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Front Suspension


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I have been reading about various front suspension upgrades for our cars for quite some time. There have been a lot of pros and cons discussed for several of the options, including heim joint strut rods, urethane strut rod bushings, strut rods with pivot joint (ball joint type) end, urethane lower control arm (LCA)bushings, spherical joints (inner) on LCAs, and pivot joint (inner) LCAs.

 

I've seen mention of roller bearing (inner) LCAs but haven't found any.  There is a good reason for this, as the LCA swings up and down it is forced to rotate along its axis by the strut rod movement. I estimate this rotation to be around 20 degrees. If the LCA cannot rotate at the inner joint the LCA would have to twist or the strut rod would have to flex (bend). The LCA also has some side-to-side movement.

 

The strut rod also has to swing up and down, side-to-side, and rotate along its axis, which is why it is connected to the frame the way it is.

 

The new (introduced in 2015) Mustang front suspension gets around this by using what they call a double ball joint connection at the spindle, with the LCA, (lateral link) and the strut rod (tension link) both connected to the spindle with ball joints (see illustrations below). This also allows a more positive connection of the LCA and strut rod to the frame, as they only have to swing up and down and have a little side-to-side movement, but no rotation.

 

Another big difference is that the new suspension has front steering while ours have rear steering (tie rods behind spindles, easier with a steering box). Front steering is easier to achieve with rack and pinion steering than with a steering box. 

 

These illustrations show the differences, and similarities, of our suspension and the new suspension.

 

1327031599_Old-NewFrontSuspensionComparison.thumb.jpg.eddbad05c44d01fd337fcc23574da7fa.jpg

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“If you can't explain it simply, you don't understand it well enough.”

--Albert Einstein

 

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That's interesting. It's amazing what almost 50 years will get you in technology! From what I can tell no one, even in the day, was impressed with the Mustang suspension design. The spring on top the upper A arm seems to be considered a sub-optimal solution even for the day.

 

So 50 years before our cars, here is what they were using at ford.

model-t-suspension-small.jpg

'Mike'

73 Convertible - 351C/4V CC heads/4bolt/forged flat tops/comp 270/rhodes/mallory unilite/tri-power/hookers/glasspacks/c6/3.50 limited slip/Gear Vendors/Global West sub frames, strut rods and shelby style traction bars/ Rear sway bar/tilt steering (not original)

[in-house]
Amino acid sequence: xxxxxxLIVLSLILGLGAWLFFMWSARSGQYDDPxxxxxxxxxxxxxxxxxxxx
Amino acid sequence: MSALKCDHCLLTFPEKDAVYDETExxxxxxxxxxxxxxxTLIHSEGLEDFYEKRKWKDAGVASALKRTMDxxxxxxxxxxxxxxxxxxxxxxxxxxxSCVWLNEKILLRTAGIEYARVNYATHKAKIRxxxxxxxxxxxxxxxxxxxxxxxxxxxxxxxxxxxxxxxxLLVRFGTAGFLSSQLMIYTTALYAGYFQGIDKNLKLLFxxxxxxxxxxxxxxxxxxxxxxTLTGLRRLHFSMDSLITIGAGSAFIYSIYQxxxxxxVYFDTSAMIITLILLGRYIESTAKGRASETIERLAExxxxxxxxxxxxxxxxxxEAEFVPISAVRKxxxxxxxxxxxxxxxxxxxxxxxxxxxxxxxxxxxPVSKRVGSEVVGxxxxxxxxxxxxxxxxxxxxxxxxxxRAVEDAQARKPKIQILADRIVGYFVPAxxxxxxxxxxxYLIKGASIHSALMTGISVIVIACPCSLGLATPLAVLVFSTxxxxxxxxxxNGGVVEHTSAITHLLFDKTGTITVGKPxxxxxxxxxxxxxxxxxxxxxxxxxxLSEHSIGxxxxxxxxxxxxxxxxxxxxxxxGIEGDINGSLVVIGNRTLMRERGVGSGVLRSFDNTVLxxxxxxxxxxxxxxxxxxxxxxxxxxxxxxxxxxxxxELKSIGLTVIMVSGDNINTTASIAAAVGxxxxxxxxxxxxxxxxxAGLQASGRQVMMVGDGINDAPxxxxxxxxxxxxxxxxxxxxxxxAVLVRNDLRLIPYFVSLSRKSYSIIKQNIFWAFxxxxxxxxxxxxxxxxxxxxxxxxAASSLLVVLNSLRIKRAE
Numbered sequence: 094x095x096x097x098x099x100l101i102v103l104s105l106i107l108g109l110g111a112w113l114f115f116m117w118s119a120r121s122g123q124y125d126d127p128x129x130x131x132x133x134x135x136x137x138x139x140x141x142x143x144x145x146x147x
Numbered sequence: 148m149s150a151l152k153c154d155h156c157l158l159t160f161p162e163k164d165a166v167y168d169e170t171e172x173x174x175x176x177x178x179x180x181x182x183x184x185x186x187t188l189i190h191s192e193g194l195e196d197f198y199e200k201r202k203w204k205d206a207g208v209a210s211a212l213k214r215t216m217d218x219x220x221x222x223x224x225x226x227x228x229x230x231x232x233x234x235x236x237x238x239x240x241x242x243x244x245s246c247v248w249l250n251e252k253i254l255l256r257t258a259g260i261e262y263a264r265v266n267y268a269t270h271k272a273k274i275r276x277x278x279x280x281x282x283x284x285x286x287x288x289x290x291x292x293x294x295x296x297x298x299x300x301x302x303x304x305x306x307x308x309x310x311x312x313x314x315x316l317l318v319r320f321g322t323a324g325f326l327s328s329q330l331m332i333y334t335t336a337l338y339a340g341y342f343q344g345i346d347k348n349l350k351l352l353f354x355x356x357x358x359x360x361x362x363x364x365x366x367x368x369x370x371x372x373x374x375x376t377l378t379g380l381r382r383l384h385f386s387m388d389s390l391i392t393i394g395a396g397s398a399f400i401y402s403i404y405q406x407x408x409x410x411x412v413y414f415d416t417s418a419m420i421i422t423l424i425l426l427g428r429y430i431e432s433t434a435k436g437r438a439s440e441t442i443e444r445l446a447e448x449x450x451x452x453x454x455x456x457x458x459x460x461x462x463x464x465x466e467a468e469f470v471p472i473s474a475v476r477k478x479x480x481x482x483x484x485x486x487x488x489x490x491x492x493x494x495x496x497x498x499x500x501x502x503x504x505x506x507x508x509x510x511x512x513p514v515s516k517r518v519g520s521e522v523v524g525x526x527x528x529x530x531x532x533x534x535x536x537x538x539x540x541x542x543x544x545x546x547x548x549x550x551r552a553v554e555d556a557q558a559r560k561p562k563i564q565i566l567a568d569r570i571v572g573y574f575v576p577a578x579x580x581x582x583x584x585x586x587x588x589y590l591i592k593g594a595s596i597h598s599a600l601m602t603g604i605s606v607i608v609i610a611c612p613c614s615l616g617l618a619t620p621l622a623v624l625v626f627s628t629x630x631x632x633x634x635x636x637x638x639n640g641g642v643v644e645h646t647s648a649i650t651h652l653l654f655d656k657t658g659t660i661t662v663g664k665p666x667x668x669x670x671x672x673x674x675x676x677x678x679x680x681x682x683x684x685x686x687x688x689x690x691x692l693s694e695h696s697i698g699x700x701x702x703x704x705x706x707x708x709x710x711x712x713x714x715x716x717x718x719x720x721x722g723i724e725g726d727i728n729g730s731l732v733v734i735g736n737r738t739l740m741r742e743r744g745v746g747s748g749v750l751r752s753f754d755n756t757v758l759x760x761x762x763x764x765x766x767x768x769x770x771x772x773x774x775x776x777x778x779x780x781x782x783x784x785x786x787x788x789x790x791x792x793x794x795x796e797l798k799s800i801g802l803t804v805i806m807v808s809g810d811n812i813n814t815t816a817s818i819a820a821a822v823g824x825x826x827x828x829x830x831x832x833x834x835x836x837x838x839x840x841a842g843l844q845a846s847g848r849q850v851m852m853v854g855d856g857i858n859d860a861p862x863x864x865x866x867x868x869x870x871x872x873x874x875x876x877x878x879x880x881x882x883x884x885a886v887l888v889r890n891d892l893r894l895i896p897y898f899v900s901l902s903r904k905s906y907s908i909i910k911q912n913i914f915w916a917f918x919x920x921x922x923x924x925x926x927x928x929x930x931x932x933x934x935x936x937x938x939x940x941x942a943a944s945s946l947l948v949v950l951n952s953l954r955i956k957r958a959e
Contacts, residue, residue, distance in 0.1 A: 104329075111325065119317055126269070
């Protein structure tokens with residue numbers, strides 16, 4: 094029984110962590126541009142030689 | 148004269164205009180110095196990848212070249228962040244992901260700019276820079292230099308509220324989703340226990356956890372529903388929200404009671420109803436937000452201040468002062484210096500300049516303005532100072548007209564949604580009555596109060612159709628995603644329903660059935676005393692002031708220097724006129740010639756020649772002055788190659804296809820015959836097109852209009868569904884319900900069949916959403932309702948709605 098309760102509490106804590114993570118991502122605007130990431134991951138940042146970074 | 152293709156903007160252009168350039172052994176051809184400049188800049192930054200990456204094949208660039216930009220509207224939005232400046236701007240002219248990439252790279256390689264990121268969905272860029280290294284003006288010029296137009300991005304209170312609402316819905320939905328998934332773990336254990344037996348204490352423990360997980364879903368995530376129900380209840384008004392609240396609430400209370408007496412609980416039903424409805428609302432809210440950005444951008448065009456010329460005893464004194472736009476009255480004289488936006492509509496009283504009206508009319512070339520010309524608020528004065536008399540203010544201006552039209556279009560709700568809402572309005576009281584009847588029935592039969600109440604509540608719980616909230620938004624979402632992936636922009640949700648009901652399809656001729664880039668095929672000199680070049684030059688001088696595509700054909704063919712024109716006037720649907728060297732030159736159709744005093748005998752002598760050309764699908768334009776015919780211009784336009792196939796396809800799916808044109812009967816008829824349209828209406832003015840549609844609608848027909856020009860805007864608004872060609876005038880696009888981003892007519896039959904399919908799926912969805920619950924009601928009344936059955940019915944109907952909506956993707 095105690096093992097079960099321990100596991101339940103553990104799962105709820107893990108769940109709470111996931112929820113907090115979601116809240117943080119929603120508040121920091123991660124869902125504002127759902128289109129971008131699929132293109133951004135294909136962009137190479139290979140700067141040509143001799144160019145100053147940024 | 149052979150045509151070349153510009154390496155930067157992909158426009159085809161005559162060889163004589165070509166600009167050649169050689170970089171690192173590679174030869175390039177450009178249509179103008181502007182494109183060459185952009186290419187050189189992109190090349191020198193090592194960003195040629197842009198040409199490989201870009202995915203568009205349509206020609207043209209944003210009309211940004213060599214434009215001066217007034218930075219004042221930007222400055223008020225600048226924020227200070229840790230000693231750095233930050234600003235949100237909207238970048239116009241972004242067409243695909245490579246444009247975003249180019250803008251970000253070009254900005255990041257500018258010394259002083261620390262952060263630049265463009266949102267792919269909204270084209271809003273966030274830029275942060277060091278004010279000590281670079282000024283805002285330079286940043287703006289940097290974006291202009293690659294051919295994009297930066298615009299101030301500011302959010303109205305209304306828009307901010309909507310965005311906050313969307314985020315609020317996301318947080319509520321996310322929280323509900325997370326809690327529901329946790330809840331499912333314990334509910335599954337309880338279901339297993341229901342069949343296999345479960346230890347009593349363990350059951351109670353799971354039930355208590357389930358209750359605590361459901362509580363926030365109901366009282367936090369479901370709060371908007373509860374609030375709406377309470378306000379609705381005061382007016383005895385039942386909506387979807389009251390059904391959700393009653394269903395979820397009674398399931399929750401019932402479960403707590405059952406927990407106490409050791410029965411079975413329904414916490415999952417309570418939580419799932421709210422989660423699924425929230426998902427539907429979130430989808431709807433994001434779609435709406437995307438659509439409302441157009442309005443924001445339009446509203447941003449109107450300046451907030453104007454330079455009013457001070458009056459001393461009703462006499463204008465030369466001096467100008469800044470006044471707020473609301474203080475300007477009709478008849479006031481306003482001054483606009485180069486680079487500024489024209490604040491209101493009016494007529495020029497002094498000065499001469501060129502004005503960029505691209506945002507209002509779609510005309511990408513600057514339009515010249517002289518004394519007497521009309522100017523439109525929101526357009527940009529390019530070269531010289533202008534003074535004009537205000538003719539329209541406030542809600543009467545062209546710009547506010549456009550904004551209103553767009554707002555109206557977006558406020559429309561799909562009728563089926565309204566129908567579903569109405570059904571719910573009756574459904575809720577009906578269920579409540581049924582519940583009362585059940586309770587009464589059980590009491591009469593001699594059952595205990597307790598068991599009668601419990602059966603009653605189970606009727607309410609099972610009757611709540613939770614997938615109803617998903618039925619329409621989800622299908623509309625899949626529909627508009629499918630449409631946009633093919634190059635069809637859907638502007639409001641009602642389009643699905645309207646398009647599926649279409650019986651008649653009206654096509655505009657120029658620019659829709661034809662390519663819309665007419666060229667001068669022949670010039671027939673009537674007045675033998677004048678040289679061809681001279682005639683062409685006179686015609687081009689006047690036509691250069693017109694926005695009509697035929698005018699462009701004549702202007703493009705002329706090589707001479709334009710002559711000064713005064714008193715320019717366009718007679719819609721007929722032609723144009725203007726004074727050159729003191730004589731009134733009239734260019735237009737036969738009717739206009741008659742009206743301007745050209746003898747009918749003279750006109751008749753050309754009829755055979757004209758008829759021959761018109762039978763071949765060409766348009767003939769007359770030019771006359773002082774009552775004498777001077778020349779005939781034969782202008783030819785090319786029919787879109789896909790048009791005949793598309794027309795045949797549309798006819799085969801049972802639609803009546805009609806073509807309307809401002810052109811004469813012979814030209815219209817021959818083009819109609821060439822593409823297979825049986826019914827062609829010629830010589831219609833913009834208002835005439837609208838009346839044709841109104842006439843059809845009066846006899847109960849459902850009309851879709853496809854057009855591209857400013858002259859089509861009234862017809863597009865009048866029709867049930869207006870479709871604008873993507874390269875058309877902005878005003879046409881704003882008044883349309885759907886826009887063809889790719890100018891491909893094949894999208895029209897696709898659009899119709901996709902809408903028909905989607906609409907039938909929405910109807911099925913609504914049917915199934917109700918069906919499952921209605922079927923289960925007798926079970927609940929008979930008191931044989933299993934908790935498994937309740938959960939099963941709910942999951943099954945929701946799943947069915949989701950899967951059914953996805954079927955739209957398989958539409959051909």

Pics of modifications included in: [button=http://www.7173mustangs.com/thread-1973-convertible--3335]My Garage[/button]

 

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If I had less self control I would buy a used 2016 mustang strut / spindle assembly just to see how it would mock up.  

Would be neat to see if it would be close enough to work with.  Wonder how long I could lie on the ground with a tape measure at the ford dealership before a salesman came out to see what I was doing.

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If I had less self control I would buy a used 2016 mustang strut / spindle assembly just to see how it would mock up.  

 

 

I was hoping someone with more ambition than me would give that a try :whistling:

 

 

“If you can't explain it simply, you don't understand it well enough.”

--Albert Einstein

 

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If you want the newest designed suspension system made of fordged alum you should buy a new Porsche. All new MOOG parts for our 40 yr old cars are cheap and work fine. And when yer parked at a Publix everyone will walk past the new car and stand looking at yer Mustang and smile as they remember all the times they had fun in a car just like yers!

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Our suspension is definitely a step up from the pre-71s. And, with good bushings, ball joints, steering box, and shocks they do handle quite well. I have pushed mine very hard on twisting mountain roads (my wife said she won't ride on those roads with me again) and was impressed. At one time we had a Jaguar X-Type (AWD) and it probably handled better, but wasn't as much fun to drive.

 

 

“If you can't explain it simply, you don't understand it well enough.”

--Albert Einstein

 

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